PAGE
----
Get to know some of the species at risk in the Lac Deschênes IBA with the Species Spotlight, aka “Sp-Spot”.  Today meet the: Eastern Meadowlark [caption id="attachment_1850" align="alignleft" width="300"]Photo by Kenneth Cole Schneider Photo by Kenneth Cole Schneider[/caption] Scientific Name: Sturnella magna SARA Status: No Status; Ontario: Threatened Taxonomic group: Birds Size: 19- 26 cm size, with a wingspan of 35-40 cm, and weighing 90-150 g The Eastern Meadowlark is a medium-size songbird, with a short tail and a long, slender bill. They are pale brown on the back with bright yellow throat and belly, and a large black “V” on the chest.  There is also a yellow line above the eyes to the bill. Wing and tail feathers are brown with black stripes, and the white outer tail feathers are visible when flying. Both sexes are similar, but females are smaller and slightly less marked than males. Eastern Meadowlarks live mainly in native grasslands and prairies, but also in pastures, hay and alfalfa fields, airports, roadsides, golf fields and other open areas.  They like to sing flute-like songs from small trees, fence posts and telephone lines.  Their unique nests with an overhead roofs and tunnel entrances are build on the ground in grassland habitats. When nesting, males establish a 6 acre territory with he shares with two females, rarely three. Eastern Meadowlarks forage along the ground searching for insects to eat. They also eat seeds and berries. Eastern Meadowlarks have been declining in much of their range due to land use changes and human disturbance, such as early mowing, livestock overgrazing and use of pesticides. In Ontario, their numbers have declined by almost 65% during the last 40 years. Where Else Can You See This Species? [caption id="attachment_1852" align="alignright" width="300"]Eastern Meadowlark nest and eggs Photo by Mike Allen Eastern Meadowlark nest and eggs
Photo by Mike Allen[/caption] This species is a permanent resident in most of its range and only the northern birds migrate. They usually leave by the end of November and return in May in small to large flocks. The Eastern Meadowlark has one of the widest distributions of the songbirds, from South America through Central America and into to North America. The northern breeding range includes Minnesota and Michigan, Ontario, Quebec, New Brunswick and Nova Scotia. But it also breeds in the rest of its range. Locally, you can observe the Eastern Meadowlark in the Deschênes area and along the Ottawa River. This species has also been spotted along the roads and in several agricultural areas. Did you know? •    Eastern and Western Meadowlarks look very similar, but sound very different. You don’t have to worry about identifying between the two here though as their ranges overlap only in central US. •    Eastern meadowlarks can sing several variations of a song. An analysis of an Eastern Meadowlark vocalizations discovered more than 100 different patterns in the song. •    This is a polytypic species which means that there is a lot of variation in the species. In fact, there are 16 subspecies! Only one of these subspecies is found in Canada, the Sturnella magna magna. Check back every week to read about a different species at risk that can be found in Lac Deschênes. You can report sightings of this and other rare species to the Canadian Wildlife Service at (819) 997-2800 or onthe MNR Natural Heritage Information Centre website.  A photo and a location are very helpful! We would like to thank our guest blogger Monica Reyes for this post. Monica is a conservation volunteer for Nature Canada. She is a biologist from Mexico interested in wildlife conservation and environmental education.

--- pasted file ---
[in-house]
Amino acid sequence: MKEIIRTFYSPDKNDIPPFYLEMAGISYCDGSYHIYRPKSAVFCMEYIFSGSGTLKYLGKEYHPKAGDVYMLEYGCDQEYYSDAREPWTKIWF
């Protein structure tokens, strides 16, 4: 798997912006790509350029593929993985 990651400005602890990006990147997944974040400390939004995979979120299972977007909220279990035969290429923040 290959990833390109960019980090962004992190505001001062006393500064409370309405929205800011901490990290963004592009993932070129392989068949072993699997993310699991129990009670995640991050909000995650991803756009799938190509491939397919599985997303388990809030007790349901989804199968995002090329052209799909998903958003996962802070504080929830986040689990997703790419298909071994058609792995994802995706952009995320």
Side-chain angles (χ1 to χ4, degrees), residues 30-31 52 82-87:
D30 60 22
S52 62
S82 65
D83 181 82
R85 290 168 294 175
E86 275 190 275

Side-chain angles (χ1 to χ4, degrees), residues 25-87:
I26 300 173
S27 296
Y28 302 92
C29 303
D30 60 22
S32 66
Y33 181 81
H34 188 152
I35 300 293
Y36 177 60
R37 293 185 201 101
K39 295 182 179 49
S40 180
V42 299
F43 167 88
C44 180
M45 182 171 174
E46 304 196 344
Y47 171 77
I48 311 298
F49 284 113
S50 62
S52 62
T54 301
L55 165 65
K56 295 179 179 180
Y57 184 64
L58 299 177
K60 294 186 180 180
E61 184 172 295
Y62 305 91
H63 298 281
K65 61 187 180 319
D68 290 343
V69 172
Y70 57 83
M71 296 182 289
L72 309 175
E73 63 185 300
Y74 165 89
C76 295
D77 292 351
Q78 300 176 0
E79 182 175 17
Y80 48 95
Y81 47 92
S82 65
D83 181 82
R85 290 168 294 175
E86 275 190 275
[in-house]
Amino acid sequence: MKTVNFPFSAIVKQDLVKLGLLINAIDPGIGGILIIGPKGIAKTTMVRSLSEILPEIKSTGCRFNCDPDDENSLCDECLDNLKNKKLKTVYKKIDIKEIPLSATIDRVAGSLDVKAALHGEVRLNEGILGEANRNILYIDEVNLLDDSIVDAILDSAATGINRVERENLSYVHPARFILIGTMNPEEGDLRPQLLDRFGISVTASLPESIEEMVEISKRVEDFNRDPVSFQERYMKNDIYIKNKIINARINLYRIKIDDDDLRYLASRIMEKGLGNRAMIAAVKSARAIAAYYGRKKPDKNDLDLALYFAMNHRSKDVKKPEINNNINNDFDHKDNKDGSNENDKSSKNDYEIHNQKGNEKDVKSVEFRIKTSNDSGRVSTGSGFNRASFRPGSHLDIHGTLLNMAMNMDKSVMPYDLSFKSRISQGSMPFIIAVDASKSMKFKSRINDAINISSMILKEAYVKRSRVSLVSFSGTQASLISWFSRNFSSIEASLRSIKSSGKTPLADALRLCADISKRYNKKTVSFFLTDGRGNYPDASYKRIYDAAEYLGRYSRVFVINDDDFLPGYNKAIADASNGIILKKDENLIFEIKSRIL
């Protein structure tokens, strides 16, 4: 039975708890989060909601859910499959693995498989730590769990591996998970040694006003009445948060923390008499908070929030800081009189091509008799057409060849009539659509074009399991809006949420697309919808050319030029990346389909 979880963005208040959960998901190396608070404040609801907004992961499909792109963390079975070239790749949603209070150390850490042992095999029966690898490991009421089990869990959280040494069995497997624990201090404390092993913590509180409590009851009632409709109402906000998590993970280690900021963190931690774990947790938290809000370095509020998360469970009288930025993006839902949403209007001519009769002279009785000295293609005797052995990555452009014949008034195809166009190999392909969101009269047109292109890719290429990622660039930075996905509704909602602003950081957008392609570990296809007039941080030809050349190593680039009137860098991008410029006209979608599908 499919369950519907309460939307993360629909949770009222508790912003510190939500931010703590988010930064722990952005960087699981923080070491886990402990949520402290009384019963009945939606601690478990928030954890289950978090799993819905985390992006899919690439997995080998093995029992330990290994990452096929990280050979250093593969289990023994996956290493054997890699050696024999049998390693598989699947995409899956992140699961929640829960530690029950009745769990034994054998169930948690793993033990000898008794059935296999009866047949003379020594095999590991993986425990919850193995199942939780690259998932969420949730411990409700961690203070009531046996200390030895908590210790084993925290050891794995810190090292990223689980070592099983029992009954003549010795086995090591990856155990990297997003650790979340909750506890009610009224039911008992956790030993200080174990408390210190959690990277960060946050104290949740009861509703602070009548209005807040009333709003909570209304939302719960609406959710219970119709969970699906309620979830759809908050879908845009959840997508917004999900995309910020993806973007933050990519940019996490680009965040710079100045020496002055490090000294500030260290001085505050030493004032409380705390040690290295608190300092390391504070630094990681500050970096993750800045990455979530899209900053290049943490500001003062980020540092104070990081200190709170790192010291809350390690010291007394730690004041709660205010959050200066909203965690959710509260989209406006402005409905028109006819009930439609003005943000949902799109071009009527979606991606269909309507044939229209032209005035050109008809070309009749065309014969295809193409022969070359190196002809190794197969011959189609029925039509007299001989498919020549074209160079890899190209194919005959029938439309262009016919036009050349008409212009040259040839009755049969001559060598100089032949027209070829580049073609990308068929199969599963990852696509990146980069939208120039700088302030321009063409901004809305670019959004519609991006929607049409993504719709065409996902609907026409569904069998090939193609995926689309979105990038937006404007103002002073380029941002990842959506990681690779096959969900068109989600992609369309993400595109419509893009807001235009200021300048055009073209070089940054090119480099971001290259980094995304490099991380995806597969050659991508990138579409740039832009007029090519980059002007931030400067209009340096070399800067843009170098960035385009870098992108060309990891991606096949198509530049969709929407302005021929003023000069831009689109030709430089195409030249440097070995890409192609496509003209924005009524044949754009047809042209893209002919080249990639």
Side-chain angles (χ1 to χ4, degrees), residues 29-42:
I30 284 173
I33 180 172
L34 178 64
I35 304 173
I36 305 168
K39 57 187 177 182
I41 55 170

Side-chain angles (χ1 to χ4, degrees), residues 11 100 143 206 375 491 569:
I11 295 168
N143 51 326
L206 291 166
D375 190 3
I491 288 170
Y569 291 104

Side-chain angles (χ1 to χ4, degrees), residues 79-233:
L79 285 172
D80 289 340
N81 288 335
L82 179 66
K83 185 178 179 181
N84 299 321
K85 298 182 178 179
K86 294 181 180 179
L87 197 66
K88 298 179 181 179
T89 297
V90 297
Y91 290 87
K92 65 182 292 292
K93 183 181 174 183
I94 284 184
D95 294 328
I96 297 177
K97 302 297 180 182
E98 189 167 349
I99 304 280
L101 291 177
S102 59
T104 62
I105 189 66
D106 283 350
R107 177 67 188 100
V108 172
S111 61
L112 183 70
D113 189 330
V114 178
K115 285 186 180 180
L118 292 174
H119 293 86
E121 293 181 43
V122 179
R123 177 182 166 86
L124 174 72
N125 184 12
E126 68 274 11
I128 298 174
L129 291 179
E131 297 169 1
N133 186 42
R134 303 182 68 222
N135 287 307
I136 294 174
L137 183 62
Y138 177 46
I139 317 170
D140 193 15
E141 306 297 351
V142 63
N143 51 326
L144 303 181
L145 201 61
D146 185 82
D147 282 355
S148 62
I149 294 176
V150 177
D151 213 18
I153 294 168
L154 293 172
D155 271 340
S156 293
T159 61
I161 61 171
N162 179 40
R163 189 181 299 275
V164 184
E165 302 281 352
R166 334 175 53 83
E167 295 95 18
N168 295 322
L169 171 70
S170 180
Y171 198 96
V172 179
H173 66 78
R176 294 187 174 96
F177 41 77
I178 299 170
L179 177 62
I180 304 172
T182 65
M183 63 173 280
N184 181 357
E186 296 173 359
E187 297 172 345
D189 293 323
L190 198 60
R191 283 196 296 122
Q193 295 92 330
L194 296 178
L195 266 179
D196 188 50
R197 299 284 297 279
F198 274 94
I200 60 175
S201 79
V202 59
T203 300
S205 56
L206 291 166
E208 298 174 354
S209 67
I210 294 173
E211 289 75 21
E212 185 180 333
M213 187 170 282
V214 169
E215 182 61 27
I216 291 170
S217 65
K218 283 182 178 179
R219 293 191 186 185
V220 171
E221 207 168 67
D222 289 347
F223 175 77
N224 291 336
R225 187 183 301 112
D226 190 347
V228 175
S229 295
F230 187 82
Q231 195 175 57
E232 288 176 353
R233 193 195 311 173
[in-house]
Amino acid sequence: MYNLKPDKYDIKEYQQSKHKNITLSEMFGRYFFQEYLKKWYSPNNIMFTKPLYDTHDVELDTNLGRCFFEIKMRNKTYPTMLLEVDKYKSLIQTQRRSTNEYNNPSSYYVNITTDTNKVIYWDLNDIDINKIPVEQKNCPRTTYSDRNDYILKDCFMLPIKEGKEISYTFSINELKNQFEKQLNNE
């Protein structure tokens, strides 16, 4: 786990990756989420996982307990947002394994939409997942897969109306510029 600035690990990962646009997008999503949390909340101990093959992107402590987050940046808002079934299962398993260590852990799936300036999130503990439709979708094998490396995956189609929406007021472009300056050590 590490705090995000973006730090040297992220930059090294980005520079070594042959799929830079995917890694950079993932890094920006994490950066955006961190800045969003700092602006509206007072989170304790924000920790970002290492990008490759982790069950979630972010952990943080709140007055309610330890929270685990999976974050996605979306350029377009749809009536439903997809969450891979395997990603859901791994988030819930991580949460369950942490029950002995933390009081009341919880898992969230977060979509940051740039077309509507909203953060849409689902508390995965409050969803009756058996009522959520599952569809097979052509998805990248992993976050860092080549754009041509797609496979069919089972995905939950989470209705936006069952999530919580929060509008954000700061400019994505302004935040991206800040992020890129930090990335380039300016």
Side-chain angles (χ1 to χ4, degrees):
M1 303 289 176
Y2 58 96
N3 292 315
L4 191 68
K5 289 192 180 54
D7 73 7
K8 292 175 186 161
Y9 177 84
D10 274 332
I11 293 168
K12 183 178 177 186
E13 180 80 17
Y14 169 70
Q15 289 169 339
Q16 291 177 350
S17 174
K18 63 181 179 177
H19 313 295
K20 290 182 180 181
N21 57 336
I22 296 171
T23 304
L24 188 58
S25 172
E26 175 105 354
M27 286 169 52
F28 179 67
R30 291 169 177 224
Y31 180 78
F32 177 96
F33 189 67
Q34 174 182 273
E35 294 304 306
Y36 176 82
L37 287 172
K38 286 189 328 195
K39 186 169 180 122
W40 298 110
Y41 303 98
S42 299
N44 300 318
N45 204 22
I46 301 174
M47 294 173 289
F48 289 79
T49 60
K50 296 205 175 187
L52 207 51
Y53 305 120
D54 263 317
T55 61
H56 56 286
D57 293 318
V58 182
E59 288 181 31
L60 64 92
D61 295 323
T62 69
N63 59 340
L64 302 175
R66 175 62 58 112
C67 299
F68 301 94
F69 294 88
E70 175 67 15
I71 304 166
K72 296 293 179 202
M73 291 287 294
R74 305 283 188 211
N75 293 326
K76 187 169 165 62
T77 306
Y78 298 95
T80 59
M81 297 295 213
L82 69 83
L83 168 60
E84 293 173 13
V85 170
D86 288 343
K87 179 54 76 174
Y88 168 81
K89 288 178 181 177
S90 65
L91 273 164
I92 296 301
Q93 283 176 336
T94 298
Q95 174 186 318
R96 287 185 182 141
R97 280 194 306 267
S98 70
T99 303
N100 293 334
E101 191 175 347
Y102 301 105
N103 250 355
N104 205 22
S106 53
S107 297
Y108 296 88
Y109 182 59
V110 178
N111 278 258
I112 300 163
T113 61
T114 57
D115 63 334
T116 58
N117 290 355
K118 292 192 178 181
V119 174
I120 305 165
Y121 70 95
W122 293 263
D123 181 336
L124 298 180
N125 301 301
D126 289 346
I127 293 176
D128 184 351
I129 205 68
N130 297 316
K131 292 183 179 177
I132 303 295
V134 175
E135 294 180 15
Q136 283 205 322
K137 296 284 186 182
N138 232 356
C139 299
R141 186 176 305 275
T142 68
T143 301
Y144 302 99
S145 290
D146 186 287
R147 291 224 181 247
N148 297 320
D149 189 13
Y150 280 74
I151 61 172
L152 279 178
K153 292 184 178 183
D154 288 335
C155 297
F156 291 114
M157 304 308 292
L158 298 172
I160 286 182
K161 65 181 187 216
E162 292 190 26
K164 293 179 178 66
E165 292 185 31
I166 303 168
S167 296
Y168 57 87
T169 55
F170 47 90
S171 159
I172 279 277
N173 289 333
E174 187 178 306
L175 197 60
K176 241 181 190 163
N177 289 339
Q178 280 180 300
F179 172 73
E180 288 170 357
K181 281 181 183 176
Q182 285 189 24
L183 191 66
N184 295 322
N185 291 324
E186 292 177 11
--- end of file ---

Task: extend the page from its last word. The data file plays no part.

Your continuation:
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Species Spotlight: Chimney Swift
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Species Spotlight: Chimney Swift

Get to know some of the species at risk in the Lac Deschênes IBA with the Species Spotlight, aka “Sp-Spot”. Today meet the: Chimney Swift [caption id="attachment_1822" align="alignleft" width="300"]Chimney Swift in flight Dominic Sherony Chimney Swift in flight